Father, son make WCA history

By: 
Marlys Good

In 2009, Tom Urbach, who coached the Greybull High School Buff wrestling team for 18 years, was induced into the Wyoming Coaches Association Hall of Fame.

  Twelve years later, in June of 2021, Tom and wife Deb will be at the Wyoming Coaches Association Hall of Fame banquet for the induction for their son, Nathan. 

 Tom and Nate are the first father-son duo to receive this honor. It will be a moment the entire family will cherish.

Nate coached wrestling for 22 years, six of those in Rushville, Neb. and 16 years at Powell. He led the Rushville squad to three state championships and Powell High School to six state championships.

Along the way he was honored as state coach of the year nine times, regional/district coach of the year eight times and was two-time NHSAC coach of the year finalist for Region 7.  During Nate’s career in Nebraska and Wyoming, he coached 48 individual state champions, six two-time state champs and three three-time state champs. 

“I’ll be there with bells on,” Tom said. It was no surprise to Tom that Nate received the honor. “In his 22 years of coaching his teams had an incredible record.”

Nate, who graduated from Greybull High School in 1992,  compiled an excellent record on the mat. 

“I was coached in wrestling by my dad from around 6 years old until l graduated,” Nate shared. “It was a lot of fun being coached by my father and he did a great job of giving me space and not pressuring me as a coach and father. I was pretty motivated internally and I think Dad could see that any added pressure would probably be counter-productive.

“Once I got into middle school, Greybull was the mecca of small classification Wyoming wrestling winning nine state titles in 11 years. I was lucky enough to be on four teams that won a state team title. Once I got into coaching I emulated my father’s style quite a bit and he was and still is a sounding board for me when I get into situations without a clear-cut answer.

“Once my son Nic got into middle school and started to show potential I tried to mirror much of what my Dad mentored with me. Nothing is as bittersweet as coaching your son in the most personal sport offered for high school students.”

“All wrestlers have their ups and downs; as a coach you learn to ride those waves but coaching your son makes each rise and fall more emotional. For me nothing (in sports arena) was as sweet as lifting my son into the air after a victory or as bitter as hugging him when he came up short. I am sure my father would echo these thoughts as well.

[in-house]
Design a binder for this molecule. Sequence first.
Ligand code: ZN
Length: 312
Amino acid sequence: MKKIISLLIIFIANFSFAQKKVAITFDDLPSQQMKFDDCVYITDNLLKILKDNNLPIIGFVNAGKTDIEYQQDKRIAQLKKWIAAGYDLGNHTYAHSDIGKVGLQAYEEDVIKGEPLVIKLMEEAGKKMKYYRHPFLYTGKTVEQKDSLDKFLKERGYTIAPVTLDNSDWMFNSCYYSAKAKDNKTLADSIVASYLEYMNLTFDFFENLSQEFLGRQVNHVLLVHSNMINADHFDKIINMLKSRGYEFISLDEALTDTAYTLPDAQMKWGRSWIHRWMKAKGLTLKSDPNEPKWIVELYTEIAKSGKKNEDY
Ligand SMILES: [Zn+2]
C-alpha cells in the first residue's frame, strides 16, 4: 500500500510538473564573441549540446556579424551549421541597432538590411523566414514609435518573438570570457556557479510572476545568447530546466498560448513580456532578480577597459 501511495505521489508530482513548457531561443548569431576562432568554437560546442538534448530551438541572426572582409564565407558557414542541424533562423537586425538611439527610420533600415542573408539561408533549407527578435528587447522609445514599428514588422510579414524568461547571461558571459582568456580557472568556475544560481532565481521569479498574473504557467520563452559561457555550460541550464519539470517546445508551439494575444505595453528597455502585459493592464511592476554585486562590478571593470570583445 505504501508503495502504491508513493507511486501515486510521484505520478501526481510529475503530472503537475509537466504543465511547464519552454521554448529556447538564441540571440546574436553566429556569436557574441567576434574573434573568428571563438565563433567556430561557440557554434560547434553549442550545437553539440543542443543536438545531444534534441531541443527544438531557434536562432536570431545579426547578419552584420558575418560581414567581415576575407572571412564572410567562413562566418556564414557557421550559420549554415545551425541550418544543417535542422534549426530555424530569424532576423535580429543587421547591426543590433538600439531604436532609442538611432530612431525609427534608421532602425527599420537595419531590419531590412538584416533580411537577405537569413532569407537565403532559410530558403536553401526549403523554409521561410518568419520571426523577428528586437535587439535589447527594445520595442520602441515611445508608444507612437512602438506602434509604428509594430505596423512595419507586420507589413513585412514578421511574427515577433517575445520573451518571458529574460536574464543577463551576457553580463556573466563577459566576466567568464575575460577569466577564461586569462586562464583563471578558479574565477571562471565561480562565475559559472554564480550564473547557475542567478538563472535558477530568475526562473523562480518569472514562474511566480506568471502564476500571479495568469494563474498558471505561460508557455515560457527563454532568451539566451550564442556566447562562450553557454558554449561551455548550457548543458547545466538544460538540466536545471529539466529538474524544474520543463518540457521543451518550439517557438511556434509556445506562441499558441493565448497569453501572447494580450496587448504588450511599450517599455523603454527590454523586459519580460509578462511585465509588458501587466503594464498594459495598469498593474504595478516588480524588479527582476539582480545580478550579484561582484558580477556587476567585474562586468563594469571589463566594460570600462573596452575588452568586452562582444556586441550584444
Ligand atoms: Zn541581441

“My philosophy when coaching young men and women is to push them in order to extend their innate talent as far as possible while at the same time caring deeply for who they are as people.”

Tom talked about Nate’s wresting career noting, a three-time state placer and one state championship to his credit. They would often talk wrestling at home, especially if Nate had any questions, or they might watch film, discuss possible opponents, “but there was never anything negative.

As for his grandson Nic, Tom said he was also an outstanding wrestler.  He had a record of 174 wins and two state championships and two state second places. 

As to his philosophy on coaching young men, Tom said he always stressed, “hard work, and that they continue grinding it out when things don’t go the way they think they should. And I wanted them to build good memories to look back on.”

 

Mom’s point of view

“I am very proud of my husband and son,” said Tom’s wife and Nathan’s mother, Deb. “The love these two have for wrestling is almost overwhelming with both winning nine state titles.

“Tom has instilled in our children family values. For years, Tom worked summers to help make ends meet and we were all aware of his willingness to do it. When Thanksgiving and Christmas dinners were about to be served, Tom would come to the table with a nice shirt and pants on. He told me, ‘These meals are so special with everyone together.’ I have never forgotten that.”

Tom and Deb will celebrate their 50th wedding anniversary next summer. “It has been a wonderful time,” Deb said. “We lived in Poplar, Mont. after Tom taught for two years in Box Elder, Mont. Tom had gotten his first state champion, Steve Schagunn; he was thrilled and told me, ‘Deb, I want it all.’ After moving on to Greybull it was beyond our wildest dreams to imagine the Greybull wrestlers would win nine state titles. I think he instilled in all his wrestlers hard work (especially running stairs).”

With Tom coaching in Greybull and Nathan In Powell, their teams met quite often during wrestling seasons. “There was always respect and love for each other, and for that I am proud.”

Deb describes her son as “the kindest son and brother anyone could have. I think he was a good example to his two sisters, Monica and Sydney. All of our three children got their college degrees and I think it helped that Nathan led the way. Nathan started his teaching and coaching career in Rushville. While there, he and his wife Hidee purchased a double-wide home. I was worried about this purchase and worried about him being able to sell it when they moved on. While I was helping him build a porch, I told him of my worry. He said, ‘I try not to worry about things I can’t change.’ I think that is a wonderful outlook.”

She is proud of how well Nathan has done in Powell, and the fact that his family are well thought of in the community.

But Deb shared, “One of the things I always think of with Nathan is that he always calls me ‘Mama.’”